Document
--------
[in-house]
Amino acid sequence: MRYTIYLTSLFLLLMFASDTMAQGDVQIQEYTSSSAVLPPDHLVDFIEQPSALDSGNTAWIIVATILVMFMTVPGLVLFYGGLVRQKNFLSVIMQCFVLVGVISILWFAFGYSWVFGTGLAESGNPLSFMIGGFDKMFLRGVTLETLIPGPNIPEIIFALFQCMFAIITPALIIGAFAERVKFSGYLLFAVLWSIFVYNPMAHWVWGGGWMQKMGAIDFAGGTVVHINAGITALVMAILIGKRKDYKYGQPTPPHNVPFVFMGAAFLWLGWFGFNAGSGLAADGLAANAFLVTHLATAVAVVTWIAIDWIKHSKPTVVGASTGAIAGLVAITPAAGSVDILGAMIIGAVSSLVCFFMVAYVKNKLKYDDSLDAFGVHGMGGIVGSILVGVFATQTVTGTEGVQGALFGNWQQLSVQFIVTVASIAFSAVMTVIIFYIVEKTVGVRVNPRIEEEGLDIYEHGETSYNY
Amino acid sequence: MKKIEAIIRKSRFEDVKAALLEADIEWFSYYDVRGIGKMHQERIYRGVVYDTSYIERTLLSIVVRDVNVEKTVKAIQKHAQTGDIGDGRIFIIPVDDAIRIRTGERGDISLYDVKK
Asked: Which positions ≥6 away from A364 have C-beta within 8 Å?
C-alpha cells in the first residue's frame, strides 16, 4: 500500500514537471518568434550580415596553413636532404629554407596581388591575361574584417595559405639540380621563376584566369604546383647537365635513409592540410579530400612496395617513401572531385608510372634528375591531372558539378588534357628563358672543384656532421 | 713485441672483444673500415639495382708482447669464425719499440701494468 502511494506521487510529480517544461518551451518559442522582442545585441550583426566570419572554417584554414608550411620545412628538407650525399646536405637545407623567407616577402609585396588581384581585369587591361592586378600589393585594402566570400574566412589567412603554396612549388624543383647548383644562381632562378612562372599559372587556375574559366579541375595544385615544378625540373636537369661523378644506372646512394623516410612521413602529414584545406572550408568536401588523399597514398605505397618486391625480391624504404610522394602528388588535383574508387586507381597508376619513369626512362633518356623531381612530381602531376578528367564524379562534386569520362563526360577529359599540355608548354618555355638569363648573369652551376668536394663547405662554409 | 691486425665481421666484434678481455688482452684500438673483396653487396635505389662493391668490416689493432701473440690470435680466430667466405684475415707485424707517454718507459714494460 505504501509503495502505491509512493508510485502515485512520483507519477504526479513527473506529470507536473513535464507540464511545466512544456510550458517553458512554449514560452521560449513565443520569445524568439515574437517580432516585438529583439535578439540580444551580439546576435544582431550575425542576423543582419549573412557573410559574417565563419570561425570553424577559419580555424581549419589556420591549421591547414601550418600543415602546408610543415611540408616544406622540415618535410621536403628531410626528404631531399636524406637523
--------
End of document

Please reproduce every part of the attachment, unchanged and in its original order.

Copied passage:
[in-house]
Amino acid sequence: MRYTIYLTSLFLLLMFASDTMAQGDVQIQEYTSSSAVLPPDHLVDFIEQPSALDSGNTAWIIVATILVMFMTVPGLVLFYGGLVRQKNFLSVIMQCFVLVGVISILWFAFGYSWVFGTGLAESGNPLSFMIGGFDKMFLRGVTLETLIPGPNIPEIIFALFQCMFAIITPALIIGAFAERVKFSGYLLFAVLWSIFVYNPMAHWVWGGGWMQKMGAIDFAGGTVVHINAGITALVMAILIGKRKDYKYGQPTPPHNVPFVFMGAAFLWLGWFGFNAGSGLAADGLAANAFLVTHLATAVAVVTWIAIDWIKHSKPTVVGASTGAIAGLVAITPAAGSVDILGAMIIGAVSSLVCFFMVAYVKNKLKYDDSLDAFGVHGMGGIVGSILVGVFATQTVTGTEGVQGALFGNWQQLSVQFIVTVASIAFSAVMTVIIFYIVEKTVGVRVNPRIEEEGLDIYEHGETSYNY
Amino acid sequence: MKKIEAIIRKSRFEDVKAALLEADIEWFSYYDVRGIGKMHQERIYRGVVYDTSYIERTLLSIVVRDVNVEKTVKAIQKHAQTGDIGDGRIFIIPVDDAIRIRTGERGDISLYDVKK
Asked: Which positions ≥6 away from A364 have C-beta within 8 Å?
C-alpha cells in the first residue's frame, strides 16, 4: 500500500514537471518568434550580415596553413636532404629554407596581388591575361574584417595559405639540380621563376584566369604546383647537365635513409592540410579530400612496395617513401572531385608510372634528375591531372558539378588534357628563358672543384656532421 | 713485441672483444673500415639495382708482447669464425719499440701494468 502511494506521487510529480517544461518551451518559442522582442545585441550583426566570419572554417584554414608550411620545412628538407650525399646536405637545407623567407616577402609585396588581384581585369587591361592586378600589393585594402566570400574566412589567412603554396612549388624543383647548383644562381632562378612562372599559372587556375574559366579541375595544385615544378625540373636537369661523378644506372646512394623516410612521413602529414584545406572550408568536401588523399597514398605505397618486391625480391624504404610522394602528388588535383574508387586507381597508376619513369626512362633518356623531381612530381602531376578528367564524379562534386569520362563526360577529359599540355608548354618555355638569363648573369652551376668536394663547405662554409 | 691486425665481421666484434678481455688482452684500438673483396653487396635505389662493391668490416689493432701473440690470435680466430667466405684475415707485424707517454718507459714494460 505504501509503495502505491509512493508510485502515485512520483507519477504526479513527473506529470507536473513535464507540464511545466512544456510550458517553458512554449514560452521560449513565443520569445524568439515574437517580432516585438529583439535578439540580444551580439546576435544582431550575425542576423543582419549573412557573410559574417565563419570561425570553424577559419580555424581549419589556420591549421591547414601550418600543415602546408610543415611540408616544406622540415618535410621536403628531410626528404631531399636524406637523